Etymology
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thanage (n.)
c. 1400, from Anglo-French thaynage (c. 1300), from English thane + Old French suffix -age (see -age).
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chassepot (n.)

bolt-action breechloading rifle introduced into the French army 1866-68 and used by French forces in the Franco-Prussian War, 1870, named for French inventor Antonine-Alphonse Chassepot (1833-1905).

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gare (n.)
French for "train station," 1840 in French, from earlier sense "river port, pier" (17c.), verbal noun from garer "to (supply with) shelter," in Middle French also "to dock ships" (see garage (n.)).
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warranty (n.)
mid-14c., legal term for various types of clauses in real estate transactions, from Anglo-French and Old North French warantie "protection, defense, safeguard" (Old French garantie), from warant (see warrant (n.)).
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lorgnette (n.)
type of opera glass with a handle, 1803 (from 1776 as a French word in English), from French lorgnette, from lorgner "to squint," also "to leer at, ogle" (16c.), from lorgne "squinting, cross-eyed; silly, foolish" (Old French), a word of uncertain origin, perhaps from Germanic. With diminutive suffix -ette. Compare also French lorgnon "eyeglass, eyeglasses."
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lunge (n.)
1735, "a thrust with a sword," originally a fencing term, shortened from allonge, from French allonger "to extend, thrust," from Old French alongier "to lengthen, make long," from à "to" + Old French long, from Latin longus "long" (see long (adj.)).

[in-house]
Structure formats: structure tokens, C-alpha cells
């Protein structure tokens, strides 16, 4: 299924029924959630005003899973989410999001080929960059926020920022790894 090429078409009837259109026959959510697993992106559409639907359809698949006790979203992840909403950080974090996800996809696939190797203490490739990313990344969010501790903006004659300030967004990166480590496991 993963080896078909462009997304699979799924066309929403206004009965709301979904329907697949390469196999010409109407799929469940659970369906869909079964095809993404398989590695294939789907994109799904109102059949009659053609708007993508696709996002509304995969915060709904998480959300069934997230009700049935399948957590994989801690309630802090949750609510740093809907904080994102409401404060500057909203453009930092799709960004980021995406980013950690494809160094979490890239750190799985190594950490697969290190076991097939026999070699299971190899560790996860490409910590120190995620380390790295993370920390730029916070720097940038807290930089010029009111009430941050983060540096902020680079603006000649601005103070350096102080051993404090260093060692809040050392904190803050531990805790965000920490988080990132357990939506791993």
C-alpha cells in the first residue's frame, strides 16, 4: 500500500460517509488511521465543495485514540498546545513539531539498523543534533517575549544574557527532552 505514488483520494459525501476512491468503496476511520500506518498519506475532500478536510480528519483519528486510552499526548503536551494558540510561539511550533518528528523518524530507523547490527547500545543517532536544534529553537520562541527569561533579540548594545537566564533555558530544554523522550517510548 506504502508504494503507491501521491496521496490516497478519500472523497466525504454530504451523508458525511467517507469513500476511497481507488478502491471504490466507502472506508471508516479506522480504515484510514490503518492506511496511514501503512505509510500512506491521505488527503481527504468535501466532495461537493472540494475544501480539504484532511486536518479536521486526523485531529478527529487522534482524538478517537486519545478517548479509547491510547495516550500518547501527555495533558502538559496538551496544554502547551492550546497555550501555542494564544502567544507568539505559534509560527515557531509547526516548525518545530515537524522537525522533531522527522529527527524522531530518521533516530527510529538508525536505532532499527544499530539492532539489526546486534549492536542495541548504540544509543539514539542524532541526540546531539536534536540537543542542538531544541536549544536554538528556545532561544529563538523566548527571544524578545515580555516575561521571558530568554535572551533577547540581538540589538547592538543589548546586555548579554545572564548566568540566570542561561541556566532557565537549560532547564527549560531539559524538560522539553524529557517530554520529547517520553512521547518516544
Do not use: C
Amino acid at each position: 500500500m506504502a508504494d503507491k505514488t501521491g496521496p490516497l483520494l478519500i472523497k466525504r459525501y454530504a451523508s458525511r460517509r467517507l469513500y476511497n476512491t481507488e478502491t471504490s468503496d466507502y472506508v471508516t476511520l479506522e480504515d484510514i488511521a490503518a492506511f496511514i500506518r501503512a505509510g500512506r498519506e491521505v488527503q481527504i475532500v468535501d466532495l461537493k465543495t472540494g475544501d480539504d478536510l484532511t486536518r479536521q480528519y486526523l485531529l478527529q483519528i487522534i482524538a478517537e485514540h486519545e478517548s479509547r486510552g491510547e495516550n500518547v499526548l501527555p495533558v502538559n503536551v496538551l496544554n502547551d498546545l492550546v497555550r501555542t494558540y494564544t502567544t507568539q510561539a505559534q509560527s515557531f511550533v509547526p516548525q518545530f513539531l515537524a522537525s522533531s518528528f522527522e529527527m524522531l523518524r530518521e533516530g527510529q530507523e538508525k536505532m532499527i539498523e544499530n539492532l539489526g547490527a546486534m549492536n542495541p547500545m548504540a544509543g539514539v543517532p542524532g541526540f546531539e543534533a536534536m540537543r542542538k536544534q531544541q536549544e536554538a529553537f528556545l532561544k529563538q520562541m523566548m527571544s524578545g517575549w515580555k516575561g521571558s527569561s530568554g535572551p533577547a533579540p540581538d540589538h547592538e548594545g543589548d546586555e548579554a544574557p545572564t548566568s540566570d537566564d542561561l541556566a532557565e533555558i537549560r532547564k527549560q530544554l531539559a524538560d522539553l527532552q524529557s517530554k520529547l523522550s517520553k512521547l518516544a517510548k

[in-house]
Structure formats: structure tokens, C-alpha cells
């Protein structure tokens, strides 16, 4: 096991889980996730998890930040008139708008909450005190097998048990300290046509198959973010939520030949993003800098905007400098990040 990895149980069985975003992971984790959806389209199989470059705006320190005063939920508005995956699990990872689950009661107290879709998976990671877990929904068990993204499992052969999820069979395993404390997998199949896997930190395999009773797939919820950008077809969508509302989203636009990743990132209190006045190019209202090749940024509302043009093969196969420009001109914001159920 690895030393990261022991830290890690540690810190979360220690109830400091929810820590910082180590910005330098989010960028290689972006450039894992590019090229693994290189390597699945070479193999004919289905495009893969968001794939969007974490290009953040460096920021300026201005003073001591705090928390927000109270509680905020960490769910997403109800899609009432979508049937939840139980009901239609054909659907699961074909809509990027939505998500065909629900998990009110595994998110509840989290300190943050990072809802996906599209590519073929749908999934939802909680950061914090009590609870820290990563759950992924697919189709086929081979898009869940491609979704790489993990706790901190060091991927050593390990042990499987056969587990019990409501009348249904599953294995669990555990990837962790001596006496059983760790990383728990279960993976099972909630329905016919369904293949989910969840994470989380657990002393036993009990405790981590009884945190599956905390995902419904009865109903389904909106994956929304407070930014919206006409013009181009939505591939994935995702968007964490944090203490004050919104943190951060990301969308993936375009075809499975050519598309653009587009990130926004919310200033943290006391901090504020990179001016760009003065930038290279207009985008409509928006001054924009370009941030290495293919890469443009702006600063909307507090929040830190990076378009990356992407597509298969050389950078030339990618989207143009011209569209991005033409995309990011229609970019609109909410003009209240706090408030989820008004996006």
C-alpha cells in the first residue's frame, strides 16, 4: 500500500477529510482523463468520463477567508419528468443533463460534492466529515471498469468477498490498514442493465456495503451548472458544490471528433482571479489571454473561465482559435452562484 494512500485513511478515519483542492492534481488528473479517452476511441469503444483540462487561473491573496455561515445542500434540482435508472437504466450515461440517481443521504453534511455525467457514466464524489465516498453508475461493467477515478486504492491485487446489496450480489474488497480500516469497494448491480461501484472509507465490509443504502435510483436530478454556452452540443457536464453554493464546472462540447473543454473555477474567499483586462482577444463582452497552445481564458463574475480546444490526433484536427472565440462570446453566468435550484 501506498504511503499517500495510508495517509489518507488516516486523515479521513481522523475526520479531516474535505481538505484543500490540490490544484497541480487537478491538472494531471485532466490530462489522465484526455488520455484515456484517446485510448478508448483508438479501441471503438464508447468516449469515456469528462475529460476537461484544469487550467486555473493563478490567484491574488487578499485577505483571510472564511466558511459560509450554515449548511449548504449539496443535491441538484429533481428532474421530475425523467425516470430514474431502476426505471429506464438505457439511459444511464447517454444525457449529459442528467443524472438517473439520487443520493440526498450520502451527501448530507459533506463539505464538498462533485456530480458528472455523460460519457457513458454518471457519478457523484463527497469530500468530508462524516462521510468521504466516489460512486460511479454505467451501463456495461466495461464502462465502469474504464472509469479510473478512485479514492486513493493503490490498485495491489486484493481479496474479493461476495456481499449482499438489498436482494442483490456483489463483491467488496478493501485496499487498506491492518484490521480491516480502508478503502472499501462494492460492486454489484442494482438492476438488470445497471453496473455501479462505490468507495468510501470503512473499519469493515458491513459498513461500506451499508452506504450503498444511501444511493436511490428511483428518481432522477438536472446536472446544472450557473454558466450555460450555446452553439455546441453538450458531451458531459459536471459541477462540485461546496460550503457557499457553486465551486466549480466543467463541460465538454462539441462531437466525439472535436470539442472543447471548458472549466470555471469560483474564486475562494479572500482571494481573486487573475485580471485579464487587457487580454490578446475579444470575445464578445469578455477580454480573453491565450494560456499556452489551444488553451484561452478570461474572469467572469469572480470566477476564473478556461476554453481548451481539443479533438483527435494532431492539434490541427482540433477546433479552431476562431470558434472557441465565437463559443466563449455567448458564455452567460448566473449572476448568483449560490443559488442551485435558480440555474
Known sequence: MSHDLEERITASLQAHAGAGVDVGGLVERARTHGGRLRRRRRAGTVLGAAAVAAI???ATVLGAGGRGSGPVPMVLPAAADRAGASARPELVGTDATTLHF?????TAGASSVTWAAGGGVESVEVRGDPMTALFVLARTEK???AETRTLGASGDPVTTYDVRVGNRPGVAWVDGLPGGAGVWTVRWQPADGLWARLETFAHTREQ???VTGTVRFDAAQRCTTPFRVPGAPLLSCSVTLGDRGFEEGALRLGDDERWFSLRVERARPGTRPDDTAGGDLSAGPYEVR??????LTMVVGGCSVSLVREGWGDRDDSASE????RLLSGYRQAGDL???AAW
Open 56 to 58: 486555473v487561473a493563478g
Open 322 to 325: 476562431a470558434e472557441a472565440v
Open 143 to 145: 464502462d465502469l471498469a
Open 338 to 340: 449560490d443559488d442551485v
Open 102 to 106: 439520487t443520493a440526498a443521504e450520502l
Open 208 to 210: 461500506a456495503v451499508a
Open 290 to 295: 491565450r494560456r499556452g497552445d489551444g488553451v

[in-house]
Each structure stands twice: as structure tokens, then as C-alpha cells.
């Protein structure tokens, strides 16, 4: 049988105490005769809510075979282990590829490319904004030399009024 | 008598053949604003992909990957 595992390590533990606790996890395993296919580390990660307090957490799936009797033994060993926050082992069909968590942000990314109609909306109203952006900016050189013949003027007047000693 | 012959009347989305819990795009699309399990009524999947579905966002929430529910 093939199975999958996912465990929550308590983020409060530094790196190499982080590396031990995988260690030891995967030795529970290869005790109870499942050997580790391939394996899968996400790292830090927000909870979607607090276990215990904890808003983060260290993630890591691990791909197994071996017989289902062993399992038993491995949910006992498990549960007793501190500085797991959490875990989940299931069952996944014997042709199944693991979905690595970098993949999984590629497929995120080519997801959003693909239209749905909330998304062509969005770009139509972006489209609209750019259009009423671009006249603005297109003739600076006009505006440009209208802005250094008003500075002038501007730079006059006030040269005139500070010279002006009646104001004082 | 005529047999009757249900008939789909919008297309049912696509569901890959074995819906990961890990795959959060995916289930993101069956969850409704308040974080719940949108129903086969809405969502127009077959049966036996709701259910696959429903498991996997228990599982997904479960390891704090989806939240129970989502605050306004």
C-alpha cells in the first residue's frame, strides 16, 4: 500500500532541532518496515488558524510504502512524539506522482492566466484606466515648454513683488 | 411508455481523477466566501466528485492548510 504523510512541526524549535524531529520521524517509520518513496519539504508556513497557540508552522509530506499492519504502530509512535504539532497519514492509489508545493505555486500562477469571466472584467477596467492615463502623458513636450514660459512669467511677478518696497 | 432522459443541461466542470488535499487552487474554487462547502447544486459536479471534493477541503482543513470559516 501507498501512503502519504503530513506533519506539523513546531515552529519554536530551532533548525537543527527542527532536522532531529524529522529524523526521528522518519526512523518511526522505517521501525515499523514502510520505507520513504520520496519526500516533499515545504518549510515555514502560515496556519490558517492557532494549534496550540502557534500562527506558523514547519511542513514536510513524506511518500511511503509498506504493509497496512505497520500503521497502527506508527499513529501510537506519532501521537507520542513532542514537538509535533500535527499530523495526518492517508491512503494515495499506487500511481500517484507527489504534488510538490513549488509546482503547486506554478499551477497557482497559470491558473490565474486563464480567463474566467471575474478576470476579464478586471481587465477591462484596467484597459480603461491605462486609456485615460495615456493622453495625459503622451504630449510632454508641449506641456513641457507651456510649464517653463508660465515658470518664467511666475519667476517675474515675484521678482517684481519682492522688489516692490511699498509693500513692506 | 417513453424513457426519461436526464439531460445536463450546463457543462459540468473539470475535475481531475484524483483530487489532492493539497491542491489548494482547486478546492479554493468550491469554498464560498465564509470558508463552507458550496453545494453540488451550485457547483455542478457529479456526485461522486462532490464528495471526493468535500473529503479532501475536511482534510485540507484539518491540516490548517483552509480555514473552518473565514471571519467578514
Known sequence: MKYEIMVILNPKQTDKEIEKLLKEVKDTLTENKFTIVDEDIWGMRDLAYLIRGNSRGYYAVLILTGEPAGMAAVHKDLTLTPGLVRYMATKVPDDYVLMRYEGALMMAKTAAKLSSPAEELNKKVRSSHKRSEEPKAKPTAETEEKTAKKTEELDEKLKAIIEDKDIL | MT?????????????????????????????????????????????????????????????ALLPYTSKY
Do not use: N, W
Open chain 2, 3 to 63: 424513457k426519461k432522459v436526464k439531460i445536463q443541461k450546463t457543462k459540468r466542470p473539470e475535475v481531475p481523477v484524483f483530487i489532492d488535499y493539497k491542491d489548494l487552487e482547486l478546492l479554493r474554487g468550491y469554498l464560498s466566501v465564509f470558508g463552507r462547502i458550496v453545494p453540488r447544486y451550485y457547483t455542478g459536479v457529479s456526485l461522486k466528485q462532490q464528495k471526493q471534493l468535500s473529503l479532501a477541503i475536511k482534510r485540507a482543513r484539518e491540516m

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revetment (n.)

"a breastwork, retaining wall," 1779, from French revêtement, Old French revestiment, from revestir (Modern French revêtir), from Late Latin revestire "to clothe again," from re- "again, back" (see re-) + Latin vestire "to clothe" (from PIE root *eu- "to dress").

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brush (n.2)
"shrubbery, small trees and shrubs of a wood; branches of trees lopped off," mid-14c., from Anglo-French bruce "brushwood," Old North French broche, Old French broce "bush, thicket, undergrowth" (12c., Modern French brosse), from Gallo-Roman *brocia, perhaps from *brucus "heather," or possibly from the same source as brush (n.1).
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intermeddle (v.)
late 14c., entremedlen, "to mix together, blend," from Anglo-French entremedler, Old French entremesler; from inter- + Anglo-French medler (see meddle (v.)). From early 15c. as "involve oneself in what is not one's business."
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reconnoiter (v.)

also reconnoitre, 1707, "make a survey," specifically "to examine a tract or region for military or engineering purposes," from older French reconnoitre (Modern French reconnaître), from Old French reconoistre "to identify" (see recognize). Related: Reconnoitering.

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